“What is surprising is that the council decided to go ahead with the sale anyway,” he said, adding that he was glad councilmembers had pulled the property sale from the agenda.

Local resident Oscar Fuentes criticized City Attorney Parker, an elected official, for keeping silent – never revealing her legal opinion to the public.

“Wasn’t the city attorney obligated by her duty to the City of Oakland to give (the people) her actual interpretation of the law? I think the people deserve an answer,” he said.

Robbie Clark, an activist in local fights in opposition to gentrification and displacement, said that the council’s Lake Merritt property deal “is the kind of decision that helps gentrification continue.”

Instead of selling public property for private development, the city needs to “set aside land for affordable housing,” Clark said. “Those are the kinds of laws we need to enforce.”

“It’s hard to say we’re going to crack down on crime when some of that crime comes down from the city,” said Josh Healey, Eastlake resident.

One city hall observer stated, “Barbara Parker is supposed to be the city’s ultimate watchdog as city attorney. But since she is not seeking re-election, she doesn’t care enough to save taxpayers money and legal hardship.”

“If she were running again, she would be hyper-vigilant rather than denying the public its right to know what is going on,” according to the observer.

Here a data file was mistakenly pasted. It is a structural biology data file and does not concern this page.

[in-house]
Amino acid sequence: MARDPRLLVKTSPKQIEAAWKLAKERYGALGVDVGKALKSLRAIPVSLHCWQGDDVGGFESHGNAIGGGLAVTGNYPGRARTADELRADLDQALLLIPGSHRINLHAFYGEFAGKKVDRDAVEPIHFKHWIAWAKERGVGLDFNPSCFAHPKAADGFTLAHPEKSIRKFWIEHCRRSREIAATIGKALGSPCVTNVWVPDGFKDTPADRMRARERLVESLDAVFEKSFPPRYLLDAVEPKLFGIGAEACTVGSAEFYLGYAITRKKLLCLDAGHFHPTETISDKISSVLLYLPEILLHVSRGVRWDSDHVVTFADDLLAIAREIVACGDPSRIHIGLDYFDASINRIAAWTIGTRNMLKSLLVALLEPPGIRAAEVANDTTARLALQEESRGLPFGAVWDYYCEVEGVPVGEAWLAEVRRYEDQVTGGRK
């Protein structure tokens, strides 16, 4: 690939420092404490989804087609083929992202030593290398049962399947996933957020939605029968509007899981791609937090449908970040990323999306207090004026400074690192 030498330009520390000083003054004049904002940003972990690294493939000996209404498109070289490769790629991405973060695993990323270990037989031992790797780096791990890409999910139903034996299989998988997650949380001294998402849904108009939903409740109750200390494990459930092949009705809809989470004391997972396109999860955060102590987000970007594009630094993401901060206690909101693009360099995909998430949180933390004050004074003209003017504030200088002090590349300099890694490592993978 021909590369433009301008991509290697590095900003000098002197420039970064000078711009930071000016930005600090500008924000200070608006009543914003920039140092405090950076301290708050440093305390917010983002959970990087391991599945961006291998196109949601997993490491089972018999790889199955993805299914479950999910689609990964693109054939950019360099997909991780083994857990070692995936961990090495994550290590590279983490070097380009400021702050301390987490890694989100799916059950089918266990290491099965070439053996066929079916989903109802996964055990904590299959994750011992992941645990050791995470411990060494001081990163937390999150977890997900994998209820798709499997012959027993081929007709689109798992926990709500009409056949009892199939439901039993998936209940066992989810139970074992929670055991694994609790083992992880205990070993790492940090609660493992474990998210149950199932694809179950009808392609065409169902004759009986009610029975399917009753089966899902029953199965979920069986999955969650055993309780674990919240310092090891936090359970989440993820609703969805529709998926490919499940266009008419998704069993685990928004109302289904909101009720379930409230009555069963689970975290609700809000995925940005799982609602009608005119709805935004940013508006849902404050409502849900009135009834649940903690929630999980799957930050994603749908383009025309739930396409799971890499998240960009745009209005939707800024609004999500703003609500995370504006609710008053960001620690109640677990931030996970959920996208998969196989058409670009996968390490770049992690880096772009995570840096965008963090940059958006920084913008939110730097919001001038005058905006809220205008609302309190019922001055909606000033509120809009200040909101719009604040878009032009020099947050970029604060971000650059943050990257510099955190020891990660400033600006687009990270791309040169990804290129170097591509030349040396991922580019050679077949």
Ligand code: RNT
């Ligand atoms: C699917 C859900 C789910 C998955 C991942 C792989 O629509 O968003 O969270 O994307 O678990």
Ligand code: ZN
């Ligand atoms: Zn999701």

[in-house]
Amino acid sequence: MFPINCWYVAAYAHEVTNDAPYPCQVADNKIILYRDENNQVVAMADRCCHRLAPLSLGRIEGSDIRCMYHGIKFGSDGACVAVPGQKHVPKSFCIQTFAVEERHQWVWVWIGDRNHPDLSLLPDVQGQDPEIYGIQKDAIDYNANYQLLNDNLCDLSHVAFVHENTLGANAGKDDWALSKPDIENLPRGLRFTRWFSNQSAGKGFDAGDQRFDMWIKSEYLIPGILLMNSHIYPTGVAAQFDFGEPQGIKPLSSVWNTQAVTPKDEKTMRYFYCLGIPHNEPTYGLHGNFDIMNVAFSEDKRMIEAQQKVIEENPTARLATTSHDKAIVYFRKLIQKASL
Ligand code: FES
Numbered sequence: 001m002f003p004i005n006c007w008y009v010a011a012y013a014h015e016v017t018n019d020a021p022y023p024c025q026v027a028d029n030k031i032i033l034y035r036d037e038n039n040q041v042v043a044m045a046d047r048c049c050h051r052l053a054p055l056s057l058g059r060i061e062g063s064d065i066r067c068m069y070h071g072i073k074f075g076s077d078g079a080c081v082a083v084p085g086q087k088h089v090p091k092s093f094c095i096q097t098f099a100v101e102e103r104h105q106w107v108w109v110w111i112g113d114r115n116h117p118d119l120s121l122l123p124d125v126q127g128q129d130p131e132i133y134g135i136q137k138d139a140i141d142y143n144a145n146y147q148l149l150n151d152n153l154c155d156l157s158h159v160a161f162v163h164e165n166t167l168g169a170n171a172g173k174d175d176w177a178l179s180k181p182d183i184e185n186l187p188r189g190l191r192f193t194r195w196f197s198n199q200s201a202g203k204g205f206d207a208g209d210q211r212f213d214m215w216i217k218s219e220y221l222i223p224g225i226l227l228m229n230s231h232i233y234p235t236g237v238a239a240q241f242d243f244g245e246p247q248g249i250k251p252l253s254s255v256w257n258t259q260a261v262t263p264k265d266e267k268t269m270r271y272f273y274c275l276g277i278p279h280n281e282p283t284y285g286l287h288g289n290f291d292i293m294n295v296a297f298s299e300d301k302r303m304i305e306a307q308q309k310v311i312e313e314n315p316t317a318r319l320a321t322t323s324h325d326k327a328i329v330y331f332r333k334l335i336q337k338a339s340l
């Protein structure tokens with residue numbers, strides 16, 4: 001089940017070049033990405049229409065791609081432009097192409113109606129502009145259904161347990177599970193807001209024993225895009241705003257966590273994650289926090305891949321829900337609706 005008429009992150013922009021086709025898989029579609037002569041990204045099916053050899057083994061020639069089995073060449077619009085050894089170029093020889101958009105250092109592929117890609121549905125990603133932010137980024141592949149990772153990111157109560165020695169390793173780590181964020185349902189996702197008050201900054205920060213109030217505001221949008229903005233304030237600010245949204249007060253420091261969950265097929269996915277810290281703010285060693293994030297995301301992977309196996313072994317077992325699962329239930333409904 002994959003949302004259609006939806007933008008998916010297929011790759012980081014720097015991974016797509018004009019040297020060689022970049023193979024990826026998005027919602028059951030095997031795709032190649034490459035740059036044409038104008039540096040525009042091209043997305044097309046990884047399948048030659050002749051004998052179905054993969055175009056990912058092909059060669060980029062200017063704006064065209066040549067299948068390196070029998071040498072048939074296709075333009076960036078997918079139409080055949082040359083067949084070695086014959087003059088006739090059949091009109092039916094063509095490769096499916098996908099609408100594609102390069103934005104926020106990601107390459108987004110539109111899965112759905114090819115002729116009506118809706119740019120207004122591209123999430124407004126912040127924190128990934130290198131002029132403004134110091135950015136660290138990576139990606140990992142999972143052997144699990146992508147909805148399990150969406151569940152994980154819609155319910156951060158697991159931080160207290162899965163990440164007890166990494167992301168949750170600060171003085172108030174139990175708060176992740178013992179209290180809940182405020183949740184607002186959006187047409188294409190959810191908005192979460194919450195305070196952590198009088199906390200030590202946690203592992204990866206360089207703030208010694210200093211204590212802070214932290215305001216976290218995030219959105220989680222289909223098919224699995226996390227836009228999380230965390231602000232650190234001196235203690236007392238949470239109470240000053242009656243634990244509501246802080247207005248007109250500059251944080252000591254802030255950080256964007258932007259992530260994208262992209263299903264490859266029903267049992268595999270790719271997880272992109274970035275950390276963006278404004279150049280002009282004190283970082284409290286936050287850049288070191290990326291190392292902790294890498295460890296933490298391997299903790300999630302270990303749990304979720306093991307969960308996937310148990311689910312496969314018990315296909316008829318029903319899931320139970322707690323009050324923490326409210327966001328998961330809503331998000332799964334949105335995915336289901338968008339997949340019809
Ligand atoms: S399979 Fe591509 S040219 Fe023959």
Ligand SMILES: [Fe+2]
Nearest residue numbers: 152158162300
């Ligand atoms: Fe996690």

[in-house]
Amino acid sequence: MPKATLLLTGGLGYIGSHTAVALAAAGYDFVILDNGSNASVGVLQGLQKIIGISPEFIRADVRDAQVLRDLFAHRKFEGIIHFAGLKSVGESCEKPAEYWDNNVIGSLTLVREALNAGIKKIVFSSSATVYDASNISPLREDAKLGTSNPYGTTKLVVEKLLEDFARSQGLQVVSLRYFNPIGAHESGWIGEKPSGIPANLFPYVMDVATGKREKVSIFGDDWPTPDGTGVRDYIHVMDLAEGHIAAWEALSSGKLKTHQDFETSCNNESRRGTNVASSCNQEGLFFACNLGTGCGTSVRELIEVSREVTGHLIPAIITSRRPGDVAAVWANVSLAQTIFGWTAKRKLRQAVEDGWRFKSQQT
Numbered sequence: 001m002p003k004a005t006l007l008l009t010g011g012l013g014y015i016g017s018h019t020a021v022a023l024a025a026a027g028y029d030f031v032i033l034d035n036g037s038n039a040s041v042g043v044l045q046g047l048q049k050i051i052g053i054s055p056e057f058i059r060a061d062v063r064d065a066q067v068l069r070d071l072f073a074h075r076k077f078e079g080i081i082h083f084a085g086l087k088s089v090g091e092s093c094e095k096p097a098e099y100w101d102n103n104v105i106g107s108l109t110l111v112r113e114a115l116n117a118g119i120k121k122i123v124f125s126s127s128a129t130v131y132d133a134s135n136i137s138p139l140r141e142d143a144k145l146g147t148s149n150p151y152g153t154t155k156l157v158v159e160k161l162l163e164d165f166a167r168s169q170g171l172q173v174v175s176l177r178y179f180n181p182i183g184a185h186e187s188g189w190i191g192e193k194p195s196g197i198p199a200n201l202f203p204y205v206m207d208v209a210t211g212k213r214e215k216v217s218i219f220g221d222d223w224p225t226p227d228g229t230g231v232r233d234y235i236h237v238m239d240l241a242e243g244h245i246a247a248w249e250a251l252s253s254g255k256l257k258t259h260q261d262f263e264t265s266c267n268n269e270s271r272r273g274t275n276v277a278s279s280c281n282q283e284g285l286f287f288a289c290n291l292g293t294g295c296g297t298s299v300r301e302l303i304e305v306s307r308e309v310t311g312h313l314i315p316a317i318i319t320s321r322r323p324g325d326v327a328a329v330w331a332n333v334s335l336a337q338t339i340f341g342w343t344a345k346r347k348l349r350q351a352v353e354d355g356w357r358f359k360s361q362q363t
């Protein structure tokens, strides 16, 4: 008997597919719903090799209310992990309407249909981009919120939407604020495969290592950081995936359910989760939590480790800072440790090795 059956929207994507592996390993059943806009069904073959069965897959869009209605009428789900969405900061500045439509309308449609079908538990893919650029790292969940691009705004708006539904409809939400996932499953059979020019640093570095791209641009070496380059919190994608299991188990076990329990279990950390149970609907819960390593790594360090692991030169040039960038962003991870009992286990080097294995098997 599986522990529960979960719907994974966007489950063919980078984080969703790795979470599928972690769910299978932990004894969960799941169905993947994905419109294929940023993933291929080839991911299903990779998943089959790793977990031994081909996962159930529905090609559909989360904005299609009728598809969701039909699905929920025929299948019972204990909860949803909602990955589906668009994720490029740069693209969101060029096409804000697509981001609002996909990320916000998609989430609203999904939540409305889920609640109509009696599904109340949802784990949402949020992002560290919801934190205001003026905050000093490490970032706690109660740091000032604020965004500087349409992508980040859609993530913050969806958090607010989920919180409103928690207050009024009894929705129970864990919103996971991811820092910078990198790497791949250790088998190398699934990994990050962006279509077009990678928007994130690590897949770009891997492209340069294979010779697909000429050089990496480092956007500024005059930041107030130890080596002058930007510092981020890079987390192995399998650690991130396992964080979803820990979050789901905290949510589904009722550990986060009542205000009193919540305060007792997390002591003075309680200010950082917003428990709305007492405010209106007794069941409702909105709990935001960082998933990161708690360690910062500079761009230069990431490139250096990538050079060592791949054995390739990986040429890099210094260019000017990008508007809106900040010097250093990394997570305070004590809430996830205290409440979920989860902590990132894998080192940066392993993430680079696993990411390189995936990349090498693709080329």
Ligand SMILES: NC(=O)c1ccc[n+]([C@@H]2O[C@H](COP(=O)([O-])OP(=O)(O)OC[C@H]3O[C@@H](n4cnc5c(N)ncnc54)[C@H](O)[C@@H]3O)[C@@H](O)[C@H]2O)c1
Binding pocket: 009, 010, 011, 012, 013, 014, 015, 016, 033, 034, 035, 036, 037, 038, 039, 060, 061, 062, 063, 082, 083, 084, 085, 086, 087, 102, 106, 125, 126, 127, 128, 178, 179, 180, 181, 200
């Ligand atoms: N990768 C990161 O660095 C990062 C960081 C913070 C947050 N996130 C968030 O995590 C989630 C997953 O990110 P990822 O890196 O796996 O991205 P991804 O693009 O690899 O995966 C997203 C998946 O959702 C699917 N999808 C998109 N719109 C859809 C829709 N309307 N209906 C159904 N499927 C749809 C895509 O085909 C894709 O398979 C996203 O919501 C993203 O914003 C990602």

In an interview with the Post this week, Monica García, a member of the neighborhood group Eastlake United for Justice, spoke about her organization’s reaction to the exposure of Parker’s opinion.

“I’m shocked to see this in black and white, knowing that City Councilmembers went against their own legal opinion,” she said.

“As taxpayers, we want to know why they’d go against it,” she said, “It’s the taxpayers who pay every time the city loses a lawsuit.”

In addition to postponing the vote on the property sale, the council should “offer an explanation for why they chose to defy the legal opinion,” said García.

Opponents of the project have repeatedly told the council that the sale was in violation of the California Surplus Land Act and warned that a decision to go ahead with the sale would lead to a lawsuit.

Mayor Libby Schaaf – a member of the city council when a number of the decisions were made related to the sale of the parcel – did not respond to the Oakland Post’s request for a comment on the public exposure of Parker’s confidential opinion.